Kamui Lone Ninja on DVD

Friday, 06 August 2010 07:46

Kamui is an expert ninja who strongly desires his freedom and consequently breaks away from his warrior clan. Unfortunately for our headstrong hero (played by Ken’ichi Matsuyama – “Death Note”, “Kaiji: The Ultimate Gambler”), such actions are forbidden and expose him to a deadly fatwa. He must spend the rest of his life trying to outrun, outfox or kill those sent to execute him.

During his travels he comes across a peaceful fishing village on a tropical island. Whilst he initially distrusts everyone around him, he gradually comes to accept the villagers and even begins to think he might finally be able to settle down. Meanwhile, a suspect gang of shark-hunting pirates lands on the island and offers their services. Kamui joins their ranks to help out but trouble is never far behind.

Kamui - The Lone Ninja on DVD and Blu-ray“Kamui: The Lone Ninja” is a colourful and wonderfully varied film. Directed by Yoichi Sai (“Blood and Bones”), it starts out as a slightly erratic sequence of fight scenes as a much younger Kamui flees for his life.

On the way he encounters a female ninja called Sugaru (Koyuki – “Blood: The Last Vampire”) who is also on the run. It is quite confusing as to who is chasing whom, and the film takes a while to find its footing.

The visual effects and ninja powers also take some getting used to, as Kamui and his foes can run up trees, launch themselves across vast gaps between branches and seem oblivous to the force of gravity. As in some less accomplished Hollywood movies, characters who flit about with the aid of computer graphics sometimes look weightless and unconvincing.

It is fortunate, then, that the movie turns the corner once you have acclimatised to and accepted its comic-book approach. The scope also opens up massively once the plot moves 14 years into the future and Kamui takes an ocean trip, washing up on the island. The film largely drops its kung fu trappings and becomes a swash-buckling adventure yarn.

It also accrues some emotional weight as Kamui works his way into the villagers’ hearts and they into his. A reluctant dependency forms, which ups the stakes when the ninja can never quite shake the feeling that another wave of assassins might track him down at any moment.

Central to the success of the movie are the dynamic relationships between Kamui and Sugaru, who he discovers is living a new life as Oshika, doting wife of Hanbei, the village chief (Kaoru Kobayashi), and between Kamui and Hanbei himself. Like our hero, Sugaru lives in a permanent state of fear that she will be hunted down and everything she holds dear will be lost, including her husband and children. Having encountered Kamui once before, she fears him more than anyone.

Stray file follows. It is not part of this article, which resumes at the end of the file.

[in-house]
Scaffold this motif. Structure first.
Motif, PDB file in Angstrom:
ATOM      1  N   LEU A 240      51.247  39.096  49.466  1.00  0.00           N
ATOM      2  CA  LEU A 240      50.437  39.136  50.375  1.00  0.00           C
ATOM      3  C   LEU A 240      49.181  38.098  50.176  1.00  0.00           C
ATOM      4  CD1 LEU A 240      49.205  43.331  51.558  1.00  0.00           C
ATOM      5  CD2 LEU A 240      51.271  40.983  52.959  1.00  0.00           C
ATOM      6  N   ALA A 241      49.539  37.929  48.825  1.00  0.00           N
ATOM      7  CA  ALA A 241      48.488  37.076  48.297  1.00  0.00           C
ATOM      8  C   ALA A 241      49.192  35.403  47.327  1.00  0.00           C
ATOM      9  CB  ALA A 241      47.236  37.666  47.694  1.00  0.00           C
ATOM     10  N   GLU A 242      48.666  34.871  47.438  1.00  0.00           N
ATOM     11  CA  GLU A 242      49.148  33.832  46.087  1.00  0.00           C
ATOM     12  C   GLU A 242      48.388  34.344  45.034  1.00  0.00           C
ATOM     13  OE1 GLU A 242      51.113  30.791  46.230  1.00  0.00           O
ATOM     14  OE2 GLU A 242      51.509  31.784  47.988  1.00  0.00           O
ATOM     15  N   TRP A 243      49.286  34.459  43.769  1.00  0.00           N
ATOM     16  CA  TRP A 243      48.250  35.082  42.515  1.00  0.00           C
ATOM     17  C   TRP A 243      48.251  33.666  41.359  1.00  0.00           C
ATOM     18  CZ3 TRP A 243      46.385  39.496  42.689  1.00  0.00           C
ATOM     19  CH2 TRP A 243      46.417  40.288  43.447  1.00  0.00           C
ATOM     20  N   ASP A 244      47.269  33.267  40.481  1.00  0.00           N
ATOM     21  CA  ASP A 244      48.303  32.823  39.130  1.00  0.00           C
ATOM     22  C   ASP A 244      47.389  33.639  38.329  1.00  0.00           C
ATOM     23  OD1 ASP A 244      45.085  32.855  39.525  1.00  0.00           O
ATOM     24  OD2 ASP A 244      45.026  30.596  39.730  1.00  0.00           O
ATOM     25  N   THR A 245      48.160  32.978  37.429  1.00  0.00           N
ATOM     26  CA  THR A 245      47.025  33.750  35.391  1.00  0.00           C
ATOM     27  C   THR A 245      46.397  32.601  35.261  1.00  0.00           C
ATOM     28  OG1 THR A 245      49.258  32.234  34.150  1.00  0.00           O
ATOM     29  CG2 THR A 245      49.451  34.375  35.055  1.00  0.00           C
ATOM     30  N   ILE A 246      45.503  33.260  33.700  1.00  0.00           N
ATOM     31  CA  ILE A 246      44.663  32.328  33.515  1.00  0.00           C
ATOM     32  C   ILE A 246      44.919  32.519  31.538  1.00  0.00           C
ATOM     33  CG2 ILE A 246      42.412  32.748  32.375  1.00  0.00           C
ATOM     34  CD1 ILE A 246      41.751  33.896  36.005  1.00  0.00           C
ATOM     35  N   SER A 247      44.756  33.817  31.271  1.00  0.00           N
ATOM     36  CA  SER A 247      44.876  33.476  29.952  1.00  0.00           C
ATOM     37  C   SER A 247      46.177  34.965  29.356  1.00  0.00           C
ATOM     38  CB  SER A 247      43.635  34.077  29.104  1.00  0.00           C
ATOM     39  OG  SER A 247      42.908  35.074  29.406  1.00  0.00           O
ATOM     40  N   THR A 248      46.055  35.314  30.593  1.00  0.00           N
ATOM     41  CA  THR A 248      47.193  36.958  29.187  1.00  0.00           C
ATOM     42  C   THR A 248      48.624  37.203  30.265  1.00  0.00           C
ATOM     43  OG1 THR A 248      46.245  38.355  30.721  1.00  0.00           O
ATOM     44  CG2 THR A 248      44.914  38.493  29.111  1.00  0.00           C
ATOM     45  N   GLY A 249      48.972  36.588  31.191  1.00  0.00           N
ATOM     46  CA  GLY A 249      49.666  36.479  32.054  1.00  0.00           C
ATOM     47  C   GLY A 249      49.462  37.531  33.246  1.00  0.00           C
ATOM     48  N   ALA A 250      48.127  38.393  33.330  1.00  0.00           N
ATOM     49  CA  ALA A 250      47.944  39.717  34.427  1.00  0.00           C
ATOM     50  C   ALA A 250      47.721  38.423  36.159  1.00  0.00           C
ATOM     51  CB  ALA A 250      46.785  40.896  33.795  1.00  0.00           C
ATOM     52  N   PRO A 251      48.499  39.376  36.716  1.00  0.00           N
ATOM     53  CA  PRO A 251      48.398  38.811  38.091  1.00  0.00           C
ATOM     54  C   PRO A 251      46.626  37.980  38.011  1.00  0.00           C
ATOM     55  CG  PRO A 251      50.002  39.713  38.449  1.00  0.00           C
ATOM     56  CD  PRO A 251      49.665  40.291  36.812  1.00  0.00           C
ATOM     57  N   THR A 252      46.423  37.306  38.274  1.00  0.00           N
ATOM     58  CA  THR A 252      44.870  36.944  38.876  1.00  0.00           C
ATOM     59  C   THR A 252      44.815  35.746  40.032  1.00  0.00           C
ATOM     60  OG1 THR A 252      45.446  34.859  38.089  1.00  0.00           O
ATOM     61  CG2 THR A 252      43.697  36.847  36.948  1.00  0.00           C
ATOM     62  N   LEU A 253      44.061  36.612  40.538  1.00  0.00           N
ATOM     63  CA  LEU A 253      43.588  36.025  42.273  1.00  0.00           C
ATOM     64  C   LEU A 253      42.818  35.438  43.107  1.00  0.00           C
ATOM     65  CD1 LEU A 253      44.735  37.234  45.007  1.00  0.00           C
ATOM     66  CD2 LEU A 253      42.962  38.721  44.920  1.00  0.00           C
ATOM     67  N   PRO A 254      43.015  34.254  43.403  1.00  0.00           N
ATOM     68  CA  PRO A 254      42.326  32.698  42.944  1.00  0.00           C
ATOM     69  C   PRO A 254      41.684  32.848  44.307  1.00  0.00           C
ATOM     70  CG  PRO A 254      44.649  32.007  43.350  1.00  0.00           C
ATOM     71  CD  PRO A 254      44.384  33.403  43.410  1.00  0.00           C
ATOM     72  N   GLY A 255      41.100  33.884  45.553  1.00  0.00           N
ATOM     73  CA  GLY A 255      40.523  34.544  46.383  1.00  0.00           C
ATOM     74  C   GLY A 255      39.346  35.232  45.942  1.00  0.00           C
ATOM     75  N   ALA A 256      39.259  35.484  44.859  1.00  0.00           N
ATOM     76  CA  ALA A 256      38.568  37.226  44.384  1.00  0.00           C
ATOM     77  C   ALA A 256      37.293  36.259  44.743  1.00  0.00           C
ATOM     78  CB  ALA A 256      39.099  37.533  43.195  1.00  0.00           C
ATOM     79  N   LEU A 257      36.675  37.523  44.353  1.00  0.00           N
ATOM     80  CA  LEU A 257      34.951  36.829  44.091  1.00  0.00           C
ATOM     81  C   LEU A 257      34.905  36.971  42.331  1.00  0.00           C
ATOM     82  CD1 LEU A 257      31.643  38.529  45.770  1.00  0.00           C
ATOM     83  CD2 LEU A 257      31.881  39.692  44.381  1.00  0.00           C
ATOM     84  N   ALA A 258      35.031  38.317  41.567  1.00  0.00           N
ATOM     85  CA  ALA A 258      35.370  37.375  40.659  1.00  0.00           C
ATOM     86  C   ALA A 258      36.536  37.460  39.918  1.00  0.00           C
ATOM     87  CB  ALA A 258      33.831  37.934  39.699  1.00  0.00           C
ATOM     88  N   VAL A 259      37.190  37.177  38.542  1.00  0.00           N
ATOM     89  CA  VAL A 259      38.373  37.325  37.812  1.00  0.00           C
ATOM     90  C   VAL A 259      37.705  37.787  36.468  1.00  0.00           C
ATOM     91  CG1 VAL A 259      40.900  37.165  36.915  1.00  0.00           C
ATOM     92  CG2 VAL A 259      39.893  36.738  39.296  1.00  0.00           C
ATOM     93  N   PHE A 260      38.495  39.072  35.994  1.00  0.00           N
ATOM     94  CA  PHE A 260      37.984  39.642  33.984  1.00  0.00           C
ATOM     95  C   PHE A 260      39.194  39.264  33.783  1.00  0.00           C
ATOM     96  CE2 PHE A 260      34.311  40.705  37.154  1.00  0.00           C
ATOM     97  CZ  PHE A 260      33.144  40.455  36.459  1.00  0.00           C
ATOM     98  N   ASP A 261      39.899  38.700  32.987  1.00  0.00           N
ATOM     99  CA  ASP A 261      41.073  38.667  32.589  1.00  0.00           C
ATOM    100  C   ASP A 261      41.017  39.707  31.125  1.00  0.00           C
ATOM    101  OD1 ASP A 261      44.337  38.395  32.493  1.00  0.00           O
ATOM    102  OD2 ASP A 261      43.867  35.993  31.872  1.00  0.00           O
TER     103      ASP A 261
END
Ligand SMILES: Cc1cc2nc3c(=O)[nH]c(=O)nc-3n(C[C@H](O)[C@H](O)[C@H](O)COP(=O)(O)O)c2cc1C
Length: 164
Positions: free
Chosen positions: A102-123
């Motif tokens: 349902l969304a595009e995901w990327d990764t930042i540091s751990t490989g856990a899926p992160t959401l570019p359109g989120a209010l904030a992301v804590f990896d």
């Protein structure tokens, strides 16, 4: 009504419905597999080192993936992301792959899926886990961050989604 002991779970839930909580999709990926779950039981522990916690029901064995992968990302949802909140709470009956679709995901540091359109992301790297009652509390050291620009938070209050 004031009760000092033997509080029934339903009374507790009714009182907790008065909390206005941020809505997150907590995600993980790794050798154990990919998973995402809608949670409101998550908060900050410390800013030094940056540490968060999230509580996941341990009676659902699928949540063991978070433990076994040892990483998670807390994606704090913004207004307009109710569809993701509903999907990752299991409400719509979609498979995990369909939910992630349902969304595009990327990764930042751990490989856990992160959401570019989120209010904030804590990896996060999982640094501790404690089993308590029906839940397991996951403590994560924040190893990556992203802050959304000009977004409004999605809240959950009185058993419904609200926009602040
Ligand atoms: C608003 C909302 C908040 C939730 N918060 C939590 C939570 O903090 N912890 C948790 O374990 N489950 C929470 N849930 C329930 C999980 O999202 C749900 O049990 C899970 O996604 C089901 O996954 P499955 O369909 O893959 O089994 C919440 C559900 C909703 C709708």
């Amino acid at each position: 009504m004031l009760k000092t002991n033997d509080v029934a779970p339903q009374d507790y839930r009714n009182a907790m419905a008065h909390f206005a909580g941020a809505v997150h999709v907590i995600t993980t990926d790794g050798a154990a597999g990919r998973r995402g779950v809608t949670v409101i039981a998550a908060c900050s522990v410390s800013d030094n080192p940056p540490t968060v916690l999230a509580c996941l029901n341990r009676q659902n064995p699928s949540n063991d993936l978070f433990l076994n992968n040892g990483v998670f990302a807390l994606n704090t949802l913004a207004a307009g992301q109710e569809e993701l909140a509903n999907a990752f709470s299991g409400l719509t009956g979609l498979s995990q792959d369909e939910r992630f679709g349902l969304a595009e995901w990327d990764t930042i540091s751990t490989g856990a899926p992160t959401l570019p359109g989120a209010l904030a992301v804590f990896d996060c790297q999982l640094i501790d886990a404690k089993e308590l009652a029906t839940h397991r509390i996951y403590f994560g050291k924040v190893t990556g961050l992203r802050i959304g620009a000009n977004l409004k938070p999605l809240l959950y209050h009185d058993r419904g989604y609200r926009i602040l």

Hanbei almost causes the ninja to drown on their way to the island, so it takes quite a while for Kamui to relax in his presence and appreciate the fisherman’s welcoming attitude and village lifestyle.

Ultimately, “Kamui: The Lone Ninja” is a film of unexpected depth, warmth and drama, overlaid with the more obvious fight scenes and action sequences. The latter are always exciting, fluid and often inventive, and Matsuyama excels as a young but exceptionally gifted warrior. He lives by a code of honour that means he only kills when there is no other alternative (which is often the case, of course), and the actor perfectly captures the balance of pain and cold efficiency required to play the role.

The other actors are not found wanting, and are to a person engaging and ably bring their colourful parts to life.

The central island setting looks stunning and ensures that every frame is full of vivid colour and luscious detail, and that is just in the DVD version. One would hope that the Blu-ray alternative draw even more splendour from every shot. As mentioned above, the frequent use of CGI initially looks out of place but is soon accepted and it actually lends a sense of hyper-reality to some scenes.

Some of it is intentionally comical, such as when the pirates are displaying their shark-slaughtering prowess by slicing and dicing the deadly beasts mid-lunge, or alternatively opting to wait until they have been landed on the ship’s deck before wrestling them to death! This occasional sense of disarming humour means that when things become more serious, the emotional punch hits you harder.

The extras on the disc are a little disappointing, not least because there is no making-of documentary or commentary track. What we do get is a selection of scruffy interviews shot during publicity and gala events. Thankfully, a couple of these deliver enough information and insight from the cast and crew to earn their place. Given that the movie took at least two years to make (including one year of training and another actually shooting it, with interruptions when Matsuyama got injured), one might have expected more.

“Kamui: The Lone Ninja” (2009) is released on DVD and Blu-ray on 9th August, courtesy of Manga Entertainment. The running time of the main feature is 115 minutes approx, certificate ‘15’ and the movie retails for £15.99 on DVD, £19.99 on Blu-ray, or less from www.culttvstore.com

Last modified on Thursday, 10 May 2012 16:37

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